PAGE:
A judge has refused to rectify a land transfer between an elderly farmer and his son after rejecting the former’s plea that he had intended the latter only to receive 30 ‘bare acres’ and that part of the farmyard, including buildings, had been mistakenly included in the transfer.

The dispute revolved around possession of a farmyard and outbuildings near Shaftesbury, and Mr Justice Morgan said that it had ‘set father against son, brother against brother’. Farming partners Richard Walby, 82, and his son, Andrew, alleged that a key part of the 230-acre farm had been mistakenly transferred to another of Mr Walby’s sons, Malcolm.

Lawyers for the partners argued that, as a result of an error in a 1989 deed by which Mr Walby transferred portions of the farm to his sons, Malcolm had become titular owner of just over 31 acres of the farm – including its main access way, outbuildings and a significant part of the farmyard – although the intention had been to transfer only 30 acres of undeveloped farmland to him.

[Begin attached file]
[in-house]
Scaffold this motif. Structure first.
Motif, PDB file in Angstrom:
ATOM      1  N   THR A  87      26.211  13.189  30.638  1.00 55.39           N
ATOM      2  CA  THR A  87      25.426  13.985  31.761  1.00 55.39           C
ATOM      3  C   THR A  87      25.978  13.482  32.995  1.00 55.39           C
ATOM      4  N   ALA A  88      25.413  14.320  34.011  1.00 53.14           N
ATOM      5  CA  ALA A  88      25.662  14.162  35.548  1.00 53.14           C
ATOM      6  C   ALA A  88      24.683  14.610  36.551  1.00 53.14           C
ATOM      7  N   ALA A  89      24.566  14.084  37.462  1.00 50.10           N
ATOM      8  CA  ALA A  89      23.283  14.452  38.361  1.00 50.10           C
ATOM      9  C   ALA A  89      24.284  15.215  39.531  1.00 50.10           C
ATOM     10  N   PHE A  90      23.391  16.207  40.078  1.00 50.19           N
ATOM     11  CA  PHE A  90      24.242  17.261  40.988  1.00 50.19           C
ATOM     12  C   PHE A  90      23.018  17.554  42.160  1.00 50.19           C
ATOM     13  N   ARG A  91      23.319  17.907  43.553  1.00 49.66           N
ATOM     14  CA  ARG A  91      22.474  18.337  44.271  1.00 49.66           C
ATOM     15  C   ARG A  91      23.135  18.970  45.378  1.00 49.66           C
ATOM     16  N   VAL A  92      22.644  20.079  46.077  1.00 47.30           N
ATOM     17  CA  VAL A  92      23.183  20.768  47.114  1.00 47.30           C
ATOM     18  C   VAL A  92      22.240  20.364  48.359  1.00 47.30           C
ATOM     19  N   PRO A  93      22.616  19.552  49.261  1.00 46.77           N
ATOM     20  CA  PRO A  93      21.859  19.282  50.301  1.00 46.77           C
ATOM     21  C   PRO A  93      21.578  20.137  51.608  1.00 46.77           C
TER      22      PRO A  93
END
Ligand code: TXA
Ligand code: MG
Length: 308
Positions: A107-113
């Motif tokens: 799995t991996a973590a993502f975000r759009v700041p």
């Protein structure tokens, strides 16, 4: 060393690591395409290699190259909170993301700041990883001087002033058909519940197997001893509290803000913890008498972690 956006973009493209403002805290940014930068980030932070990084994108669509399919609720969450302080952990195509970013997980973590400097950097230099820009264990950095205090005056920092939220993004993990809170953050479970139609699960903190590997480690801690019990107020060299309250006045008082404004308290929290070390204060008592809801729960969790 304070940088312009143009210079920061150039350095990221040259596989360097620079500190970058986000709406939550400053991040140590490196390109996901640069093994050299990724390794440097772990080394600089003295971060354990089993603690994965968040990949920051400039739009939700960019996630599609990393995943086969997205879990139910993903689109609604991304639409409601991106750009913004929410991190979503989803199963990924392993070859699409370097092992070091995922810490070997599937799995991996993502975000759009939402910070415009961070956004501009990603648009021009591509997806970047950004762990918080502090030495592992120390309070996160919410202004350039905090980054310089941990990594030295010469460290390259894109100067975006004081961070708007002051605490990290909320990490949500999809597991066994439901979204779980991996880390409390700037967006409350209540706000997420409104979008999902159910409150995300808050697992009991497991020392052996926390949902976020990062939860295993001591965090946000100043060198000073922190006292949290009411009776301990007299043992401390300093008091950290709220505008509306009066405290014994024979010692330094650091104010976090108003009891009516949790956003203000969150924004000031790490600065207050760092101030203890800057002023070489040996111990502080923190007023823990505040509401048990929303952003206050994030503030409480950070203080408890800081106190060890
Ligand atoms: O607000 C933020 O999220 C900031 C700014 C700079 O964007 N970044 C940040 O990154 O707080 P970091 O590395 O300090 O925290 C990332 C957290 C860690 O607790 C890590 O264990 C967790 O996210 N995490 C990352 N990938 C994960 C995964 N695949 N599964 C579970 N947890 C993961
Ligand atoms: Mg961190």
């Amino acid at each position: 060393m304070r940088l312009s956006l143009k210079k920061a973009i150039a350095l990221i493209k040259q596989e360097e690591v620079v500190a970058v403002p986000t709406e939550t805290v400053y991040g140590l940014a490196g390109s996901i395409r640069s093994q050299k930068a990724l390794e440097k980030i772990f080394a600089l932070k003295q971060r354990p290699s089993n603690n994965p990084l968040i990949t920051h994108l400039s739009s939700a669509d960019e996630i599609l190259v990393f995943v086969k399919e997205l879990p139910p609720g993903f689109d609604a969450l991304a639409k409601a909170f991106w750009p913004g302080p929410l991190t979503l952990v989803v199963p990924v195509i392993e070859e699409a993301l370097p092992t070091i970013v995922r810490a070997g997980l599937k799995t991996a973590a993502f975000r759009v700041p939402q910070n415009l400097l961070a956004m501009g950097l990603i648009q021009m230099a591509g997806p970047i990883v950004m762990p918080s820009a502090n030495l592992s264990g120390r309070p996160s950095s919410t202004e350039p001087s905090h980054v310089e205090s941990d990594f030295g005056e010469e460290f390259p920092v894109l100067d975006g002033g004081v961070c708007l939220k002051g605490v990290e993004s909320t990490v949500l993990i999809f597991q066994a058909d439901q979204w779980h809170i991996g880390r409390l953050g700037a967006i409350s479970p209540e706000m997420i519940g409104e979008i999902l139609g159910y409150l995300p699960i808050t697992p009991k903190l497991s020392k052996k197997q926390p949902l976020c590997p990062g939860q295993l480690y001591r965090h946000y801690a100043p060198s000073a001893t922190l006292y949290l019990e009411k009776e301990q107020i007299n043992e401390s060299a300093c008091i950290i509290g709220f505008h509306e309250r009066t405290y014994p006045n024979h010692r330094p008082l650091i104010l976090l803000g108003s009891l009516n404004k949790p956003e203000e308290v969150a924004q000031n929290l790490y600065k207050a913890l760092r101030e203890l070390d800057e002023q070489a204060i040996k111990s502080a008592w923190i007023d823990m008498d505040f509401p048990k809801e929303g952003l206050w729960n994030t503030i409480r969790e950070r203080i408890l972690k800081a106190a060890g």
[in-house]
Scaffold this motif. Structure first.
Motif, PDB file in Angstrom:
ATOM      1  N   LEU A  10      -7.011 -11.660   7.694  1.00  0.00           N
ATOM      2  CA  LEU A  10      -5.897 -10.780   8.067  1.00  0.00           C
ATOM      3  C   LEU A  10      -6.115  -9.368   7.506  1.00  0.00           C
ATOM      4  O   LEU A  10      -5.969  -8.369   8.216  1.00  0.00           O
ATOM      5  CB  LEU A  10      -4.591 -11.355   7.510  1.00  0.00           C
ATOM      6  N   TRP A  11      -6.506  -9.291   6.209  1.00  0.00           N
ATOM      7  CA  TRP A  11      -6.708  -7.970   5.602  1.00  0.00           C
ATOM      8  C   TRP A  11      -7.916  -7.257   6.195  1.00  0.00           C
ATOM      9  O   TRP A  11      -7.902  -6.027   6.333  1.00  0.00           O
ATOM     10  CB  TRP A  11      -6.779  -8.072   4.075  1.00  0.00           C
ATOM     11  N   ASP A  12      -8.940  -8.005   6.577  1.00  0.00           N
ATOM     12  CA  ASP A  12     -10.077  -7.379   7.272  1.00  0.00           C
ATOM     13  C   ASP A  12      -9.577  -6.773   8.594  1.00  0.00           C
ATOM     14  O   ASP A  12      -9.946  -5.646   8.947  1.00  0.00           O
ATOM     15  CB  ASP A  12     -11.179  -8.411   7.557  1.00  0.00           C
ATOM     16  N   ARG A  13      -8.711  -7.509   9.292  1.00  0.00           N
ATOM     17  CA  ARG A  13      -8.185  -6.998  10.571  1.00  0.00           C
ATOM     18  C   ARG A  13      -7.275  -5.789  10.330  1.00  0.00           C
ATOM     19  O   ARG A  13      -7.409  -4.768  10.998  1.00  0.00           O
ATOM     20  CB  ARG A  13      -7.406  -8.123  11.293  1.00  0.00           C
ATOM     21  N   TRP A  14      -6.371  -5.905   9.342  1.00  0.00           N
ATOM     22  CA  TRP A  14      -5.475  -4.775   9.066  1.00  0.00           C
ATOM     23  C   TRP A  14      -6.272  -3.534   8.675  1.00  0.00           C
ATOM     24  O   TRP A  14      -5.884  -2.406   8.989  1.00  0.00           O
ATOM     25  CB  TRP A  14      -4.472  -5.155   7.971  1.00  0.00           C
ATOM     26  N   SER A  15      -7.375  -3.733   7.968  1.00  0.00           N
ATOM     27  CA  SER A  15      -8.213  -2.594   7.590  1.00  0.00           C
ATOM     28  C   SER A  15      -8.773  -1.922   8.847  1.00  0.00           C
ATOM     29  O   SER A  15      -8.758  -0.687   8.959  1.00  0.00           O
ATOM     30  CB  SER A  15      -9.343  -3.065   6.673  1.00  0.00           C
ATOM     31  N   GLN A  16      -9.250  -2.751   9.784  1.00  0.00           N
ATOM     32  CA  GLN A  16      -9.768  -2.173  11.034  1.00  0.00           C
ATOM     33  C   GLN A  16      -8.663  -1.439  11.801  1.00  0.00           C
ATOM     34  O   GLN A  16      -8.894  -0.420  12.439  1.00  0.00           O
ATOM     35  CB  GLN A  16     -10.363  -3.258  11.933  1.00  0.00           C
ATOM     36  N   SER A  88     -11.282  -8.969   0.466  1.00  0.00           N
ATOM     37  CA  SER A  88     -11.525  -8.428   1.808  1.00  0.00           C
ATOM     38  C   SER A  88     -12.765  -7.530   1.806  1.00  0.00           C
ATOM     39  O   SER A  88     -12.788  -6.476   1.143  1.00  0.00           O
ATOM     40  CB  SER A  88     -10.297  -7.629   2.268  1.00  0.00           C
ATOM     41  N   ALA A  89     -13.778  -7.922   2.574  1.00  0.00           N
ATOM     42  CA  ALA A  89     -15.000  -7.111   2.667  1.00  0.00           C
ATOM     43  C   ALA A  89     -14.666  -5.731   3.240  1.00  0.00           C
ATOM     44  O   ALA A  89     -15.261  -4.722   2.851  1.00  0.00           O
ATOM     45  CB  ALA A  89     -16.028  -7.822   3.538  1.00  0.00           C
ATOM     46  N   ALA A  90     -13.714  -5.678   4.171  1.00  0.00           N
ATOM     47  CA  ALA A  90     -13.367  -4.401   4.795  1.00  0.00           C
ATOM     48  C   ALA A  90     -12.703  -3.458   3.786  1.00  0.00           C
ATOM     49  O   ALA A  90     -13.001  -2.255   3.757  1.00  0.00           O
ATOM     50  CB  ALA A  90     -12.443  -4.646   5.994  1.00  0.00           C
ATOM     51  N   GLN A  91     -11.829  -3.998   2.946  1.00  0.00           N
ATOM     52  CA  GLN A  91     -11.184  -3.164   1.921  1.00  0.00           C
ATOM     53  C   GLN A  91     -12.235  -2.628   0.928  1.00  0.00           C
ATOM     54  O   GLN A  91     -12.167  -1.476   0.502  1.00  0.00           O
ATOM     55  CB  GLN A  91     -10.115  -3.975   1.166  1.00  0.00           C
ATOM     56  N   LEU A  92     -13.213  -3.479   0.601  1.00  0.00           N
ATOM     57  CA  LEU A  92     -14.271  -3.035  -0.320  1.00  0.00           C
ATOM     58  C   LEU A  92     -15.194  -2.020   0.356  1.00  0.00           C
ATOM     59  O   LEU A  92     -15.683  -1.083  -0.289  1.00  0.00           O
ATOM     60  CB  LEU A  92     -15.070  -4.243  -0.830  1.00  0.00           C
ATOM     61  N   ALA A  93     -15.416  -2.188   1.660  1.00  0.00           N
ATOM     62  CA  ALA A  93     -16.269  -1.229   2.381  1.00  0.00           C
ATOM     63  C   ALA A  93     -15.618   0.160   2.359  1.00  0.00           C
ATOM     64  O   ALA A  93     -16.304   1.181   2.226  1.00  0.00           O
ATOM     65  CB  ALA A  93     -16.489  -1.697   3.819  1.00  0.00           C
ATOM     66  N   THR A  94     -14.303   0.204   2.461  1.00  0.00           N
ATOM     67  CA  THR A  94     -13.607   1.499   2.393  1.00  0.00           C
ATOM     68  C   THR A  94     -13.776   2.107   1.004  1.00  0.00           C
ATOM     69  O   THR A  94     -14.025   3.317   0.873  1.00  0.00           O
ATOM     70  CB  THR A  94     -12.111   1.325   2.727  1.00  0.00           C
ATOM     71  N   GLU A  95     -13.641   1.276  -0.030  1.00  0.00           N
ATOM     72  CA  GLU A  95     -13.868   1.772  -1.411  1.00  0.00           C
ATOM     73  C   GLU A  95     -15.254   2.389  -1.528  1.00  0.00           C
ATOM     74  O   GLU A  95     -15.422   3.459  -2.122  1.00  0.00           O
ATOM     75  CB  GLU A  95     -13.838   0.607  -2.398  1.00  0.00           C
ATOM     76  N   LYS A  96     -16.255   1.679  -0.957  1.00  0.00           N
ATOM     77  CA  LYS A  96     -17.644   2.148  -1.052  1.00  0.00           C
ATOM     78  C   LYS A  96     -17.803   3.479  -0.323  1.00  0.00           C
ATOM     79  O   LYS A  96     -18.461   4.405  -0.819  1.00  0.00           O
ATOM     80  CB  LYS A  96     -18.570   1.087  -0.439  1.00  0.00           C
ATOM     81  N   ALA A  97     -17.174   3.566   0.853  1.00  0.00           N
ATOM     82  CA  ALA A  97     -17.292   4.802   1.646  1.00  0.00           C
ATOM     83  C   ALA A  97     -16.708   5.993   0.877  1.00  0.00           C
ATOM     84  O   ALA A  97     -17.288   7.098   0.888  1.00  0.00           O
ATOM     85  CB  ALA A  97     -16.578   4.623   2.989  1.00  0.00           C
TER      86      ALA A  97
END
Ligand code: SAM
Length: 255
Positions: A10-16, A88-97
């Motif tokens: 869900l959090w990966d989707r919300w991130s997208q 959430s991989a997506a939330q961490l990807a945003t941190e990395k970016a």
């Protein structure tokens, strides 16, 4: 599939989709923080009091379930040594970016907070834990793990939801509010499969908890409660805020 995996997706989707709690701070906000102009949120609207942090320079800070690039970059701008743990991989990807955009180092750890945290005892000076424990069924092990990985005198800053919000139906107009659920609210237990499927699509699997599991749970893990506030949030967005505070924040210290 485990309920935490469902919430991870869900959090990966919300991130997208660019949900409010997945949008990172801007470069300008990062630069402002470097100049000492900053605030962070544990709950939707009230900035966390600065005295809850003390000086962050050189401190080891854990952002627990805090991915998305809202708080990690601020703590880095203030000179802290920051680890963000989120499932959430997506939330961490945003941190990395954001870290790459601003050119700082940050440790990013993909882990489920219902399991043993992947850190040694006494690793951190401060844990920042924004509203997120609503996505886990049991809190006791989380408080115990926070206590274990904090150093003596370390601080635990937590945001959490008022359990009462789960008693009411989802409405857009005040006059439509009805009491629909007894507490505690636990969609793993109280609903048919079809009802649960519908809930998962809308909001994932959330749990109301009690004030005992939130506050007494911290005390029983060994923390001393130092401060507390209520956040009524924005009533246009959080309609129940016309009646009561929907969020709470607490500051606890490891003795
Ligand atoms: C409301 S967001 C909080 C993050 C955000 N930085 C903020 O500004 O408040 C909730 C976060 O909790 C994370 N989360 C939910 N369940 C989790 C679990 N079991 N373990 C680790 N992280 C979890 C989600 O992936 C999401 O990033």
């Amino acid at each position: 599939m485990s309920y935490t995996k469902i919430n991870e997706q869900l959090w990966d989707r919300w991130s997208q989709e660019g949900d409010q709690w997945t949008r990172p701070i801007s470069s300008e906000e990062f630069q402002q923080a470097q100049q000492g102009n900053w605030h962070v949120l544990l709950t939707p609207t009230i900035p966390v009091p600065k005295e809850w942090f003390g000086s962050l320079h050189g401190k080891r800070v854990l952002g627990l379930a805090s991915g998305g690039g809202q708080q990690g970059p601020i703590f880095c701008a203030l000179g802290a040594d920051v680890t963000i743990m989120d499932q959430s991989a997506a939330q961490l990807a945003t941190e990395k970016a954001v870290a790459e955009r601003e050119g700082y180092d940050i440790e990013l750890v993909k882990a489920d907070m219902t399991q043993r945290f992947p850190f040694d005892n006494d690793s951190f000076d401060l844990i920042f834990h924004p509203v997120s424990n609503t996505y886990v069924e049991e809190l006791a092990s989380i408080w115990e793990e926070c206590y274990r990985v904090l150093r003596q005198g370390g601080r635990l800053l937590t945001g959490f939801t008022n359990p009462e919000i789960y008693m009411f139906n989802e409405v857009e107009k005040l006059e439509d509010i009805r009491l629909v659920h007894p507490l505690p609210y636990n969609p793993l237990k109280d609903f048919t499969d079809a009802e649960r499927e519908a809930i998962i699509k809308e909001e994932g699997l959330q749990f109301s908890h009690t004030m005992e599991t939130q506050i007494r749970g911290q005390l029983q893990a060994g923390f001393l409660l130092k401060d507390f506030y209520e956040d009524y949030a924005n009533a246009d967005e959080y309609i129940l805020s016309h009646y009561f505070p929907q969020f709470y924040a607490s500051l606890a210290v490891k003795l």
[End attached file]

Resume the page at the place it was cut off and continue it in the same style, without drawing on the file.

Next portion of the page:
Mr Walby – who has dyslexia – claimed in evidence that he had relied on his secretary to do his paperwork and that she had wrongly ‘marked up’ the relevant plan which detailed how much land was to be transferred to Malcolm. Mr Walby argued that a crucial boundary line had been marked in the wrong place on the plan and that, as a result, Malcolm had mistakenly become owner of the ‘heart’ of the farm.

However, refusing to rectify the transfer deed, Mr Justice Morgan said that Mr Walby had given clear instructions to his solicitor to confer the disputed parcel of land on Malcolm. He ruled that there had been ‘no mistake of expression’ in the transfer deed, which accurately reflected Mr Walby’s contemporary intentions.


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